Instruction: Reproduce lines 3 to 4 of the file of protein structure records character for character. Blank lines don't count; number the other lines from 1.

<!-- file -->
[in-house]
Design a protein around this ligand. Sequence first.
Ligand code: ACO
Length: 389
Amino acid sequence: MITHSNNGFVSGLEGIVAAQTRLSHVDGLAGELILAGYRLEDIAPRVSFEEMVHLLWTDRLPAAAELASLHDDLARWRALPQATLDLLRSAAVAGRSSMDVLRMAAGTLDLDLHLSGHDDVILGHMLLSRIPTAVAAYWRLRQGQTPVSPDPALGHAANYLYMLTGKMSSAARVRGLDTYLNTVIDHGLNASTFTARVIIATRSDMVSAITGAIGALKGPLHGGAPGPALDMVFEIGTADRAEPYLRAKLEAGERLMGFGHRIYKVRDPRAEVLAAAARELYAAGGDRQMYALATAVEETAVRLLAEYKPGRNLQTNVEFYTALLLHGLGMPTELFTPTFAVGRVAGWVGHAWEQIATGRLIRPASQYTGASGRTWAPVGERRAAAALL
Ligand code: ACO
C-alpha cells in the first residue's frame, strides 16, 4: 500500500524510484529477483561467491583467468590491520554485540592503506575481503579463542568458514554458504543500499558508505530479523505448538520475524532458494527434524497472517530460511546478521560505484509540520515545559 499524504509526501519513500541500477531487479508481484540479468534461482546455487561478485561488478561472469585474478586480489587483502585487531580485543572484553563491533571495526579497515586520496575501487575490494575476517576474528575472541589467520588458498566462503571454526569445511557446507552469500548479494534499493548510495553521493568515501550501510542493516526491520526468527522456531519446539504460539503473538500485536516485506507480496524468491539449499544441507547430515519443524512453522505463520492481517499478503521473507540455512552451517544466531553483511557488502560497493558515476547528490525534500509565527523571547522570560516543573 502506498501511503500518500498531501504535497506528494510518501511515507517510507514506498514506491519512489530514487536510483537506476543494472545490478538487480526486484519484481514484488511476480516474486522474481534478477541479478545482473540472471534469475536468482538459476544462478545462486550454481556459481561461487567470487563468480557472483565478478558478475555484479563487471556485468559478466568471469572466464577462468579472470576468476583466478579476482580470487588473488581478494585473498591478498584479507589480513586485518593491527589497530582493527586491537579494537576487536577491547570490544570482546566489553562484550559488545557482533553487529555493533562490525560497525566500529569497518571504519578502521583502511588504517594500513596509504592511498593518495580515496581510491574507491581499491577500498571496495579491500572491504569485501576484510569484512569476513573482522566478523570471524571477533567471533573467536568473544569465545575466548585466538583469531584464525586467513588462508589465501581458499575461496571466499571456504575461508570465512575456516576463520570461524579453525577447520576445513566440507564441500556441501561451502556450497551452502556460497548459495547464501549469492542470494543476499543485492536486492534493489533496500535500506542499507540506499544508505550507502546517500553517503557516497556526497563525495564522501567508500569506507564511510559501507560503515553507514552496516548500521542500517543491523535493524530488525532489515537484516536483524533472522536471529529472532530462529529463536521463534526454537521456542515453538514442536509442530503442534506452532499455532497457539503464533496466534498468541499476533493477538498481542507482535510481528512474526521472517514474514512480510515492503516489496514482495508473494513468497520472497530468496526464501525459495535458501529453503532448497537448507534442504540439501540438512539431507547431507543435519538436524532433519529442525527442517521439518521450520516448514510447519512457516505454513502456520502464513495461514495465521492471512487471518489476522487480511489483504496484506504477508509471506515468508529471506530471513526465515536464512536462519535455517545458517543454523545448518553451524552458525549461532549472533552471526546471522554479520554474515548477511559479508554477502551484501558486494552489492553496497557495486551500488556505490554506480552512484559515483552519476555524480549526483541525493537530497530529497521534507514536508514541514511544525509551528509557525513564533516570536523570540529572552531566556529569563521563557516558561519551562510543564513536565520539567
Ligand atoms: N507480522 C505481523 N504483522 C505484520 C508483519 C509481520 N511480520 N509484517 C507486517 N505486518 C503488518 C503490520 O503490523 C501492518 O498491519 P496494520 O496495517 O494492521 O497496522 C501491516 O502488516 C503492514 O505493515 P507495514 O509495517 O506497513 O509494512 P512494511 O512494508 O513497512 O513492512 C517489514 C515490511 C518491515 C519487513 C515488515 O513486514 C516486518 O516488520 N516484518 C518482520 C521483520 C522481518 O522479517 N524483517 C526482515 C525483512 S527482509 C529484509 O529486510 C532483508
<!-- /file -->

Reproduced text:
Ligand code: ACO
Length: 389